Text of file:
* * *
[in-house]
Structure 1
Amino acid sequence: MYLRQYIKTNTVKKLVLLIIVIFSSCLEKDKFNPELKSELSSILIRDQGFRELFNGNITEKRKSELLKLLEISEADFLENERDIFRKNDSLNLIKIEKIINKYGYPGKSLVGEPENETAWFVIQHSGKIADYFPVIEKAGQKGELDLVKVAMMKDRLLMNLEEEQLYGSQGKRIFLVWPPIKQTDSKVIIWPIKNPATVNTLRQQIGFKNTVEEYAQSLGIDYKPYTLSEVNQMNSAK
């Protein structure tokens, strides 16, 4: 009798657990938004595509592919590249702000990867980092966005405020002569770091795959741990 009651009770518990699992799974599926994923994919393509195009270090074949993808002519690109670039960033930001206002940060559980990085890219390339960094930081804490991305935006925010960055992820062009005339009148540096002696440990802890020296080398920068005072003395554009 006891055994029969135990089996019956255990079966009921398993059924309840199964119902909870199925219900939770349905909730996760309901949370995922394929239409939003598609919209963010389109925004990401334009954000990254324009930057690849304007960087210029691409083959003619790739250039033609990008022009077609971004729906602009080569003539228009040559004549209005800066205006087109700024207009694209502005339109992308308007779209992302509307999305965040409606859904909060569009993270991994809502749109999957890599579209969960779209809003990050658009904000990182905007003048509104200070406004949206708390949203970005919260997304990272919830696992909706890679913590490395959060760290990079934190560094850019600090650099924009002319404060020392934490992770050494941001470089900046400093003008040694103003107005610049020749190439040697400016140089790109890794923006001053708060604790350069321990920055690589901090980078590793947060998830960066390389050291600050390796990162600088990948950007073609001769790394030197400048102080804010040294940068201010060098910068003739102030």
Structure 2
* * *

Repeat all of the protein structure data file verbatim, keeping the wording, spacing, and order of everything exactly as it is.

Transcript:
[in-house]
Structure 1
Amino acid sequence: MYLRQYIKTNTVKKLVLLIIVIFSSCLEKDKFNPELKSELSSILIRDQGFRELFNGNITEKRKSELLKLLEISEADFLENERDIFRKNDSLNLIKIEKIINKYGYPGKSLVGEPENETAWFVIQHSGKIADYFPVIEKAGQKGELDLVKVAMMKDRLLMNLEEEQLYGSQGKRIFLVWPPIKQTDSKVIIWPIKNPATVNTLRQQIGFKNTVEEYAQSLGIDYKPYTLSEVNQMNSAK
């Protein structure tokens, strides 16, 4: 009798657990938004595509592919590249702000990867980092966005405020002569770091795959741990 009651009770518990699992799974599926994923994919393509195009270090074949993808002519690109670039960033930001206002940060559980990085890219390339960094930081804490991305935006925010960055992820062009005339009148540096002696440990802890020296080398920068005072003395554009 006891055994029969135990089996019956255990079966009921398993059924309840199964119902909870199925219900939770349905909730996760309901949370995922394929239409939003598609919209963010389109925004990401334009954000990254324009930057690849304007960087210029691409083959003619790739250039033609990008022009077609971004729906602009080569003539228009040559004549209005800066205006087109700024207009694209502005339109992308308007779209992302509307999305965040409606859904909060569009993270991994809502749109999957890599579209969960779209809003990050658009904000990182905007003048509104200070406004949206708390949203970005919260997304990272919830696992909706890679913590490395959060760290990079934190560094850019600090650099924009002319404060020392934490992770050494941001470089900046400093003008040694103003107005610049020749190439040697400016140089790109890794923006001053708060604790350069321990920055690589901090980078590793947060998830960066390389050291600050390796990162600088990948950007073609001769790394030197400048102080804010040294940068201010060098910068003739102030």
Structure 2